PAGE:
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Proc Natl Acad Sci U S A. 2009 Sep 1;106(35):14878-83. doi: 10.1073/pnas.0901221106. Epub 2009 Aug 17.

Glutamine-dependent anapleurosis dictates glucose uptake and cell growth by regulating MondoA transcriptional activity.

Author information

1
Huntsman Cancer Institute, Department of Oncological Sciences, University of Utah, 2000 Circle of Hope, Room 4365, Salt Lake City, UT 84112-5550, USA.

Abstract

Glucose and glutamine are abundant nutrients required for cell growth, yet how cells sense and adapt to changes in their levels is not well understood. The MondoA transcription factor forms a heterocomplex with its obligate partner Mlx to regulate approximately 75% of glucose-dependent transcription. By mediating glucose-induced activation of thioredoxin-interacting protein (TXNIP), MondoA:Mlx complexes directly repress glucose uptake. We show here that glutamine inhibits transcriptional activation of TXNIP by triggering the recruitment of a histone deacetylase-dependent corepressor to the amino terminus of MondoA. Therefore, in the presence of both glucose and glutamine, TXNIP expression is low, which favors glucose uptake and aerobic glycolysis; the Warburg effect. Consistent with MondoA functioning upstream of TXNIP, MondoA knockdown reduces TXNIP expression, elevates glucose uptake and stimulates cell proliferation. Although glutamine has many intracellular fates, a cell permeable analog of a tricarboxylic acid cycle (TCA) intermediate, alpha-ketoglutarate, also blocks the transcriptional activity of MondoA at the TXNIP promoter and stimulates glucose uptake. Together our data suggest that glutamine-dependent mitochondrial anapleurosis dictates glucose uptake and aerobic glycolysis by blocking MondoA:Mlx-dependent transcriptional activation of TXNIP. We propose that this previously unappreciated coordination between glutamine and glucose utilization defines a metabolic checkpoint that restricts cell growth when subthreshold levels of these essential nutrients are available.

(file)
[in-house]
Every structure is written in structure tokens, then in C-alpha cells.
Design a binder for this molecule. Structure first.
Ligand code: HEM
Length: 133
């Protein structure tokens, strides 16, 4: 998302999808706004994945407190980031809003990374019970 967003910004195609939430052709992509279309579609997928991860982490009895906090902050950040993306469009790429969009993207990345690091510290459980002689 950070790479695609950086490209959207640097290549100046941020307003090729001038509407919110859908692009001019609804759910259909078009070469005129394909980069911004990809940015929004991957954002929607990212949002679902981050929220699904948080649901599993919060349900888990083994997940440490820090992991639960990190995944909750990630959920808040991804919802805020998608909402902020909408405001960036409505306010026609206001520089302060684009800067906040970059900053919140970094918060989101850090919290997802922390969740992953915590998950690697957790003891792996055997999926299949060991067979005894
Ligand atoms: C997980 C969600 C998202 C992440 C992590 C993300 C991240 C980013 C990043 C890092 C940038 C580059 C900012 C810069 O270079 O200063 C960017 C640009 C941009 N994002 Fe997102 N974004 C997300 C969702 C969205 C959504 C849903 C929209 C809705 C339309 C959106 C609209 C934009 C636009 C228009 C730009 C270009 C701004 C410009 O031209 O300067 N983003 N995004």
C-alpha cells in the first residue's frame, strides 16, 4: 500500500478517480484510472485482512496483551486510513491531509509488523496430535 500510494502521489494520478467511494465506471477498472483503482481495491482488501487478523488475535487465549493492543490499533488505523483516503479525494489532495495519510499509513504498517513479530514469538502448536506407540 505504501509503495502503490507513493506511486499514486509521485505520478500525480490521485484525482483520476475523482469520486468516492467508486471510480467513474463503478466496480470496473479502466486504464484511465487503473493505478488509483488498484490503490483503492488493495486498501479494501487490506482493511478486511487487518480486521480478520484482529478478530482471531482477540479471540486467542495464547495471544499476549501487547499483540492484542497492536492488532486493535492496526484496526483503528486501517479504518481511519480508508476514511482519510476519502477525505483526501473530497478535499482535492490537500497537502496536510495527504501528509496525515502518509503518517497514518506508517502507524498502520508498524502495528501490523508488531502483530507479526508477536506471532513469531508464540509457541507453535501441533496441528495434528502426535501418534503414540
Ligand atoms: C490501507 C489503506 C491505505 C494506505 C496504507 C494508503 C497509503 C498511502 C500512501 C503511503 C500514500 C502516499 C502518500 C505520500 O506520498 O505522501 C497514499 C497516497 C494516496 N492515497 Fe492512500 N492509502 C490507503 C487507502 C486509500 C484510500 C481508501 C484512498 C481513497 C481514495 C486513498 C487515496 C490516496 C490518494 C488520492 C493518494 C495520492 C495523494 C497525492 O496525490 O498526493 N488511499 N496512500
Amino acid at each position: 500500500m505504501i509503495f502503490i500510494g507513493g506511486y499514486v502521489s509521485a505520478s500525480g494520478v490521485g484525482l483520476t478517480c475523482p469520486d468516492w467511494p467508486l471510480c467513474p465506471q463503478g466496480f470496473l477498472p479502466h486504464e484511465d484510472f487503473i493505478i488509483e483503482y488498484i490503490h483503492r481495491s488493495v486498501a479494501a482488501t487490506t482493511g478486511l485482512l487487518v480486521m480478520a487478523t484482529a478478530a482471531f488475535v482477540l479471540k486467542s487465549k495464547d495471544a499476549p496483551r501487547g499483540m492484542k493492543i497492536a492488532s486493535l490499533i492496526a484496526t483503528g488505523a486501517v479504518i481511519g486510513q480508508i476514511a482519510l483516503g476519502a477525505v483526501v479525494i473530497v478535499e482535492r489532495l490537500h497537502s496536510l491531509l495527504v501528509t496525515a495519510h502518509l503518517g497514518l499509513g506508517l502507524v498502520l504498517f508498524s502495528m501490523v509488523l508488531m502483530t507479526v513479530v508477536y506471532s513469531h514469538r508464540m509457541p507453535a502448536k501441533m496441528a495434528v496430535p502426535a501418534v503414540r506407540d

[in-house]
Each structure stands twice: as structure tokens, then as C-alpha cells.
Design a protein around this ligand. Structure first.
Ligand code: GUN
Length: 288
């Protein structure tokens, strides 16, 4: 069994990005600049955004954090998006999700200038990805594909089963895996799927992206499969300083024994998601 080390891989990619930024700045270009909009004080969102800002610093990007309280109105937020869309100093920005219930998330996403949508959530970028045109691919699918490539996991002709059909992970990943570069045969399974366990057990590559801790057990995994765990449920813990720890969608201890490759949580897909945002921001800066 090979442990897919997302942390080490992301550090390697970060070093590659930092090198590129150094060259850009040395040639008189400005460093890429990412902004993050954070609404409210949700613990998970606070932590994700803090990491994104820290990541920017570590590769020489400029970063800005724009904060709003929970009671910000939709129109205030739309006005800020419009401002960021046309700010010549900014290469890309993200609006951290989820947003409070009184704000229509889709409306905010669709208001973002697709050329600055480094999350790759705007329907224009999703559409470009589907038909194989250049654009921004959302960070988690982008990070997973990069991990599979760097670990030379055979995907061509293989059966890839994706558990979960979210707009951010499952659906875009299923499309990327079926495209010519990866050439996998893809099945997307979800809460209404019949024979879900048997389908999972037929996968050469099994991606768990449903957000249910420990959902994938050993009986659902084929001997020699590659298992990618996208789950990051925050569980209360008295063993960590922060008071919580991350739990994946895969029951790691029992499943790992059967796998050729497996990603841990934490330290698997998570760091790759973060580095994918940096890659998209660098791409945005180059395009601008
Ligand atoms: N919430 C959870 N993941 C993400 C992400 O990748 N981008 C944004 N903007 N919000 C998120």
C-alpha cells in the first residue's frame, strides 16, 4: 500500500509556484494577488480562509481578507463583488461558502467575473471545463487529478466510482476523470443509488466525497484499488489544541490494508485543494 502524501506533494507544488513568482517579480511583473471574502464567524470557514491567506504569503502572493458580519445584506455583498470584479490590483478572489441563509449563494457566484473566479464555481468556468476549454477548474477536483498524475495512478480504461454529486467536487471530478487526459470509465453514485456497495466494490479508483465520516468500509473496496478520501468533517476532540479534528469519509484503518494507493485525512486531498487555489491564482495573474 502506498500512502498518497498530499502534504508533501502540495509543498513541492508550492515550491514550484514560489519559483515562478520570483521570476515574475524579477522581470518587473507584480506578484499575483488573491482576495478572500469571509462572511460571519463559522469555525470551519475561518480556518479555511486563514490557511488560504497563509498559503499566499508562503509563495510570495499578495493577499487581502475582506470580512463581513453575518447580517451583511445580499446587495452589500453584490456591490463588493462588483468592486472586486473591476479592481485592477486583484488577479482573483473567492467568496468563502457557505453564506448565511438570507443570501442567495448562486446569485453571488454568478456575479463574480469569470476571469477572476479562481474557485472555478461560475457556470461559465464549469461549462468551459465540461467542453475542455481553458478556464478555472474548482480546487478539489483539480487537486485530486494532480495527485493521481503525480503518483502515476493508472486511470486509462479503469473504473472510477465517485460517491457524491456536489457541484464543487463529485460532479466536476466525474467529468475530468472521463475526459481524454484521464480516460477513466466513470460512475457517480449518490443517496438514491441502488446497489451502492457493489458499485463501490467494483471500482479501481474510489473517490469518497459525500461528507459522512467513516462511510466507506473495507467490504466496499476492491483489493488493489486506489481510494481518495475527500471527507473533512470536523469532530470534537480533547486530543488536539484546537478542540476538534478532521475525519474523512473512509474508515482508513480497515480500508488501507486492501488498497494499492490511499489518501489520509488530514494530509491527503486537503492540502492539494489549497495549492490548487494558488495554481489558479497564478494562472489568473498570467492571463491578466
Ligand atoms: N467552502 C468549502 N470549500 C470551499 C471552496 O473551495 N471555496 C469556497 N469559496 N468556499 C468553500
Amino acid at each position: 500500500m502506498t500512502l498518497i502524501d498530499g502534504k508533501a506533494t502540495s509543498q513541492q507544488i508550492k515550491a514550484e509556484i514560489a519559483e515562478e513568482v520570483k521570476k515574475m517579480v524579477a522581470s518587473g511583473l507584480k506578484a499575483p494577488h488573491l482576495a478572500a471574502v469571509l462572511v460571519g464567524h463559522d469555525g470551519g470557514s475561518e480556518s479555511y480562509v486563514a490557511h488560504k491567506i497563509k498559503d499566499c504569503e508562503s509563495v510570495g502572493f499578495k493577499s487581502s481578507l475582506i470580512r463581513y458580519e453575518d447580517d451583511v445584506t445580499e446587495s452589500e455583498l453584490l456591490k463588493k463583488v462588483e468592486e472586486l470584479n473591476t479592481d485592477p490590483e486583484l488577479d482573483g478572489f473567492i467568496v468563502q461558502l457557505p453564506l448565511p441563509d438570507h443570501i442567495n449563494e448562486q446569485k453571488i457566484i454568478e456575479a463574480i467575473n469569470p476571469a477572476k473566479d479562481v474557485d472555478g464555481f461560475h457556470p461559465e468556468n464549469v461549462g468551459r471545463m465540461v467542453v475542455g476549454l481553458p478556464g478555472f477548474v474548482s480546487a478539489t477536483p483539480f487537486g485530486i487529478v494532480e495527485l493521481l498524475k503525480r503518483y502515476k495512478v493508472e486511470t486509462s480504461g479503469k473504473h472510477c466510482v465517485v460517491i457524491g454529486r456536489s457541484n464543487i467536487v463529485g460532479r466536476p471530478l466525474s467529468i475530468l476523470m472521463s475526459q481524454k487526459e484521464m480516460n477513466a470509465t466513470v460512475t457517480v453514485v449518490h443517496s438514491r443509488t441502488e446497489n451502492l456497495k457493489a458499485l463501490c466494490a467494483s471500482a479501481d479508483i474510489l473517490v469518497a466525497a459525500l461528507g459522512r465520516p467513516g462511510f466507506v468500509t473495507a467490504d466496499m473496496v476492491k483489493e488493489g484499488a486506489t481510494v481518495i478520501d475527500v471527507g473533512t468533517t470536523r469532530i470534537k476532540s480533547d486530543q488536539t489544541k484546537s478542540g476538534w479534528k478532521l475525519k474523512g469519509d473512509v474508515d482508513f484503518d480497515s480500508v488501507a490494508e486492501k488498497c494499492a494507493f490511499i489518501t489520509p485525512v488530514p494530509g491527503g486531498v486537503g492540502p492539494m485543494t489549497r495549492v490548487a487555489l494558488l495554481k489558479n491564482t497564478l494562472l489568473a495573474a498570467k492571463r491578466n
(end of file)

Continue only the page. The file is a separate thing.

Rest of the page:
PMID:
19706488
PMCID:
PMC2736411
DOI:
10.1073/pnas.0901221106
[Indexed for MEDLINE]
Free PMC Article

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